Fidelity is the virtue of consistency. It is the basis for reliable thought, reason, morality, trust, and loyalty. It allows us to predict future behavior based on the history of past behavior.
Fidelity is most valuable when it is applied to the most worthy ideas, deeds, principles, or affiliations.
The Virtue of FidelityEdit
Fidelity is neither fickleness—an arbitrary and unwarranted change—nor obstinacy—unfounded persistence or stubbornness. It is a consistency of thought, reason, morality, and loyalty that persists until some more profound truth, greater good, or more worthy affiliation becomes clear.
Fidelity provides a consistency essential for coherent thinking, reliable behavior, and durable affiliations.
- Do what you say – Keep your promises. Act reliably. Be impeccable with your word. Trustworthiness is fidelity to your word. Be trustworthy.
- Abstain from hypocrisy – Align your actions with your words. Be consistent. Strive for congruence in what you believe, what you say, and what you do.
- Be consistent – What you state today as your beliefs should be consistent with what you professed yesterday and what you plan to profess tomorrow. Change those beliefs, and your representations of those beliefs, only when you come to a new understanding that is more consistent with reality.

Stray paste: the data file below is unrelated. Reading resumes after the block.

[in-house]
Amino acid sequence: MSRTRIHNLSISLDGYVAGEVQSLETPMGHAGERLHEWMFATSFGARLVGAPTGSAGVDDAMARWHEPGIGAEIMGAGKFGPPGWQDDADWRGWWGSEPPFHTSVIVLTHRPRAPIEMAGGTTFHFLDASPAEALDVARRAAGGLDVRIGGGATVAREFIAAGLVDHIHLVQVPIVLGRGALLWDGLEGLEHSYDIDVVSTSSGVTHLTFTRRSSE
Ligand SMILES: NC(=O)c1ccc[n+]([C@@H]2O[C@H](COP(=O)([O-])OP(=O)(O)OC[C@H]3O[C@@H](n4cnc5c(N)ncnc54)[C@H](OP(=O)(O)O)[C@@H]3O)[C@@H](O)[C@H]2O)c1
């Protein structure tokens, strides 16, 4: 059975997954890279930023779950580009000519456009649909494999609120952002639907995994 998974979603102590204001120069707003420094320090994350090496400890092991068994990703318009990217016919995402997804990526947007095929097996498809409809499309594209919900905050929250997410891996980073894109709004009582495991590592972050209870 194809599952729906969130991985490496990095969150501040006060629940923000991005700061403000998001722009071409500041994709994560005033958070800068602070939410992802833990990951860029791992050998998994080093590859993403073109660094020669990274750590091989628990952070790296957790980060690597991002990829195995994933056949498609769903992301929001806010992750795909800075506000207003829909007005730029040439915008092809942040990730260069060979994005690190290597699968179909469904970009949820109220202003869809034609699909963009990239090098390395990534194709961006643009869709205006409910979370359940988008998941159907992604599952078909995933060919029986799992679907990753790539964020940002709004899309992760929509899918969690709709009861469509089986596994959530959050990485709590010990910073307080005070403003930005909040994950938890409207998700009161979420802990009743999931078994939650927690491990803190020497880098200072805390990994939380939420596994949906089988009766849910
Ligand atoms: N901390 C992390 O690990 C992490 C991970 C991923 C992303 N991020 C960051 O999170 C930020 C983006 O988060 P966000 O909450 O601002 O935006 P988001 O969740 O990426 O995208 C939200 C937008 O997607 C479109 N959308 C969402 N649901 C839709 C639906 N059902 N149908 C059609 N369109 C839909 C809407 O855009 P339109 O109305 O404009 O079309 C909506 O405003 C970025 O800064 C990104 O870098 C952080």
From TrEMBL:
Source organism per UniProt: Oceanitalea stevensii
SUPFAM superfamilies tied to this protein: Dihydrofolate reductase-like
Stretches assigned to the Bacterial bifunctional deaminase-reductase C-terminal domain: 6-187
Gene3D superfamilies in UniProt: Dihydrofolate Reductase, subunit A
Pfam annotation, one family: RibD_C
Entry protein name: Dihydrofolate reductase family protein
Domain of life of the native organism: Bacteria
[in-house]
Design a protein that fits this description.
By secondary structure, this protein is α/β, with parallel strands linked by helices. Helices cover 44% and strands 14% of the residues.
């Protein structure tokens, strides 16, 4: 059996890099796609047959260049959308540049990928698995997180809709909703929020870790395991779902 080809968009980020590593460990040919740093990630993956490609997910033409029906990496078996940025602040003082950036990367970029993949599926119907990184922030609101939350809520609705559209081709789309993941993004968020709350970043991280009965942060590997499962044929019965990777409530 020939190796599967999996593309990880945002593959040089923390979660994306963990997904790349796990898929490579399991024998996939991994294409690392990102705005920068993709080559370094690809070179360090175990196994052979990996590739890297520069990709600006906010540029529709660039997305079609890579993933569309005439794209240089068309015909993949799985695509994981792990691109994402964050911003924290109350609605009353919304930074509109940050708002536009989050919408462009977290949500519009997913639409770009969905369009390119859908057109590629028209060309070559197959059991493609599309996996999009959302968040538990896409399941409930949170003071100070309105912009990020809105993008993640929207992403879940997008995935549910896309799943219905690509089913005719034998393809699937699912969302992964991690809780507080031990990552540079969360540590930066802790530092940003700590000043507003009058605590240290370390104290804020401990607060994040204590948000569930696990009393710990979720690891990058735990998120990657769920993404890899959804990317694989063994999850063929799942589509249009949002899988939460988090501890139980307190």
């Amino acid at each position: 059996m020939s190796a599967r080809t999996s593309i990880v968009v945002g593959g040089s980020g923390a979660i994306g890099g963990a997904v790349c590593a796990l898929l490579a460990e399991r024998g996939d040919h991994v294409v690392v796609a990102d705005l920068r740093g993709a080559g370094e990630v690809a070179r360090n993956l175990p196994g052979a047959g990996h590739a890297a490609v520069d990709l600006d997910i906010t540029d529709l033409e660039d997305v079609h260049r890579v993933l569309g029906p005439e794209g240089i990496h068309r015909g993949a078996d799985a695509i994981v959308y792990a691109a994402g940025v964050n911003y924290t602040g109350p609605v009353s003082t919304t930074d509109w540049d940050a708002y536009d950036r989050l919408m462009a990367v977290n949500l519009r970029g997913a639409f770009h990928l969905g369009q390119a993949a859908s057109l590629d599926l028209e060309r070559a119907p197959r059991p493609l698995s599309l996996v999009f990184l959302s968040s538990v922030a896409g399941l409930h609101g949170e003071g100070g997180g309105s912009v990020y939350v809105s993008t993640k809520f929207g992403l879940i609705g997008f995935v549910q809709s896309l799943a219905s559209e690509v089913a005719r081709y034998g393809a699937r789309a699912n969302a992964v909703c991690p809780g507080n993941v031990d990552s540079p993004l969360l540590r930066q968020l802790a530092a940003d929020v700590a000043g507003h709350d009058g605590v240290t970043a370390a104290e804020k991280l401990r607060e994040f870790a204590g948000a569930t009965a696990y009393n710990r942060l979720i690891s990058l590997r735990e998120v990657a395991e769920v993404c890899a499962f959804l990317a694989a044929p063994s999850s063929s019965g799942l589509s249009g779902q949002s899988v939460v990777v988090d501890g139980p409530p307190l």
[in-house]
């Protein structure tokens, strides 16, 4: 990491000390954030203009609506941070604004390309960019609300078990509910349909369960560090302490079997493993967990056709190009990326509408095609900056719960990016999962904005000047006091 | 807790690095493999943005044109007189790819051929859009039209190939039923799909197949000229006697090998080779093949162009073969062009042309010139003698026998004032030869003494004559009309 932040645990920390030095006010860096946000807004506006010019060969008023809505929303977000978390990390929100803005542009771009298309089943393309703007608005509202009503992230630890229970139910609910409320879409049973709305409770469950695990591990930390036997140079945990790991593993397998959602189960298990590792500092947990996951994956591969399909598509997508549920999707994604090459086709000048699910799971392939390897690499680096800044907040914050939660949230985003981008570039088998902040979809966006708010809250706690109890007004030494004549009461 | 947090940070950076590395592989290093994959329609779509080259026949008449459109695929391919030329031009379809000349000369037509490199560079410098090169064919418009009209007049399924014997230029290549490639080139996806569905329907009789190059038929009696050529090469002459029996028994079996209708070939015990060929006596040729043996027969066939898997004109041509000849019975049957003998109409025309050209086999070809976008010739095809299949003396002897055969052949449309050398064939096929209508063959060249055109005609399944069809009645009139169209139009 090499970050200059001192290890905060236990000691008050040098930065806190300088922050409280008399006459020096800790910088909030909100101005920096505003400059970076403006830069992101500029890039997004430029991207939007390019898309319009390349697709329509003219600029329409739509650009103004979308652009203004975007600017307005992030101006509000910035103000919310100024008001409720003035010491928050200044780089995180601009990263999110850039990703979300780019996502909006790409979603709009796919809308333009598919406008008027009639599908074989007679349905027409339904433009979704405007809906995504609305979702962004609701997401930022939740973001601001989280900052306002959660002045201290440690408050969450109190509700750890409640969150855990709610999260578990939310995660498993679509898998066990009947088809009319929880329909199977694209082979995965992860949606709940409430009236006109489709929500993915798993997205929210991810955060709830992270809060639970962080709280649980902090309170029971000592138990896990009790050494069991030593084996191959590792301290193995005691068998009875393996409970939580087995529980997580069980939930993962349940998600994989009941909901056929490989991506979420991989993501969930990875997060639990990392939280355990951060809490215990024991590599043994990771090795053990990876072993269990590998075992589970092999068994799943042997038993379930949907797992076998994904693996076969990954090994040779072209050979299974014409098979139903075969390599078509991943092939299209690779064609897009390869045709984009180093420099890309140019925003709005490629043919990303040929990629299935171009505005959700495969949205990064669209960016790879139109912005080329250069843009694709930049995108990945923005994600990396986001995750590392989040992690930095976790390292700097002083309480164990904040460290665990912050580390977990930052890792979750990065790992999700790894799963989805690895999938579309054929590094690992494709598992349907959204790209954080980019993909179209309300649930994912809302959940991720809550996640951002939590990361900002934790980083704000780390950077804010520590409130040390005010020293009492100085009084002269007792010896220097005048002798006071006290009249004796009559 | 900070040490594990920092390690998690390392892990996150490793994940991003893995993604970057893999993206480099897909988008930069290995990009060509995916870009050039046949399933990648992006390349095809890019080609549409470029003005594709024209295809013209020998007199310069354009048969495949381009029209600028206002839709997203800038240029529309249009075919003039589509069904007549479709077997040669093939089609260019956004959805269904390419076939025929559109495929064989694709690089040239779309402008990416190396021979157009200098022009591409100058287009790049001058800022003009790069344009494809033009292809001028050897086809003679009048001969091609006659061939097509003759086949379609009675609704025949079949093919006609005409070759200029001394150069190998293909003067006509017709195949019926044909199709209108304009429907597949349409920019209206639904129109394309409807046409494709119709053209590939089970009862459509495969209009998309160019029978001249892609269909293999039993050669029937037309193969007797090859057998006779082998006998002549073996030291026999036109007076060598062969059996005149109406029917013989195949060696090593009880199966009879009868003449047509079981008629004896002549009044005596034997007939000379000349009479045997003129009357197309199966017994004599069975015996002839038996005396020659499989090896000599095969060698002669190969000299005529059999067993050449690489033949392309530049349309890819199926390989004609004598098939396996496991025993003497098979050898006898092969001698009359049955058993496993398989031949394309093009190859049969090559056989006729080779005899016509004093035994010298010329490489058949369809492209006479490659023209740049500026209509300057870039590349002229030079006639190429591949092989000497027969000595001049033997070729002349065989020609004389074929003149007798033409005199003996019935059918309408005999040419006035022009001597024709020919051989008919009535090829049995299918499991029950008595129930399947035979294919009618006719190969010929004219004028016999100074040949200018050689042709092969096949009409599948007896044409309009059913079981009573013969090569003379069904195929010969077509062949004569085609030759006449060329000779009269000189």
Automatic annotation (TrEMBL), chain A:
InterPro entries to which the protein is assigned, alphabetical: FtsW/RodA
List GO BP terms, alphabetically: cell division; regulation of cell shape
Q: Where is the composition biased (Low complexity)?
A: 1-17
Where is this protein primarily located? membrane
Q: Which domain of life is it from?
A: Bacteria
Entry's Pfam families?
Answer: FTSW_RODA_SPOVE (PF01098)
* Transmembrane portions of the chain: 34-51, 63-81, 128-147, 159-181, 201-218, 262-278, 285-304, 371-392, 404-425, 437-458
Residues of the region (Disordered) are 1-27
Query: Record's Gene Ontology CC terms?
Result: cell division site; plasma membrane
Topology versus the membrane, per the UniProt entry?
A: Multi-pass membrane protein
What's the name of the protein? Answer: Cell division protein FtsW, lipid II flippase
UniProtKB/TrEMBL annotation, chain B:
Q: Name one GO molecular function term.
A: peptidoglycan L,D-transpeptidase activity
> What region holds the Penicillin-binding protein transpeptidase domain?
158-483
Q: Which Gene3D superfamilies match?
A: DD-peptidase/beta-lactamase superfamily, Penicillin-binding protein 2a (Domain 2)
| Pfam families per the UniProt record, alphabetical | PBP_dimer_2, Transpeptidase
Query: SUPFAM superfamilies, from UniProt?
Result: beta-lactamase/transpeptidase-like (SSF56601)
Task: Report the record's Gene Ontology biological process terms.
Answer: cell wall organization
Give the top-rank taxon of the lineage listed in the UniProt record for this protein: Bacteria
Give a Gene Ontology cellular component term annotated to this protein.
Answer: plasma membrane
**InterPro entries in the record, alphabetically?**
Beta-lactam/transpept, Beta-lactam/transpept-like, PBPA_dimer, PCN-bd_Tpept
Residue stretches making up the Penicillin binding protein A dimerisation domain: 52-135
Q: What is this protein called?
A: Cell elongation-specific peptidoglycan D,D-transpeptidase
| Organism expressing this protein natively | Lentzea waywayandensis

- Be true to those who matter most – Keep your marriage vows, and maintain strong relationships with the most worthy people and organizations in your life. As a couple, seek love and longevity in your relationship.
- Seek truth—since truth is correspondence with reality, and reality is self-consistent, seeking truth aligns your thinking with reality and increases your fidelity with the real world. Reason is fidelity to truth.
- Seek insight—close the gap between appearances and reality. Become consistent with reality.
- Know how you know—Adopt and apply a robust theory of knowledge. Your theory of knowledge is how you decide what to believe. As you mature and learn more your beliefs will necessarily change. A robust theory of knowledge will help your beliefs converge steadily toward reality.
Part 1: Notice your adherence to fidelity, everyday, as described above. Notice when you are inconsistent. What may be causing that inconsistency? What can you do to increase your fidelity?
Part 2: Additional assignments relevant to fidelity are described in the integrity module of the course on What Matters. Complete those assignments.
- ↑ Comte-Sponville, André (2002). A Small Treatise on the Great Virtues: The Uses of Philosophy in Everyday Life. Picador. pp. 368. ISBN 978-0805045567.
Students interested in learning more about the virtues of fidelity may be interested in the following materials:
- Ruiz, Don Miguel (1997). The Four Agreements: A Practical Guide to Personal Freedom. Amber-Allen Publishing. pp. 138. ISBN 978-1878424310.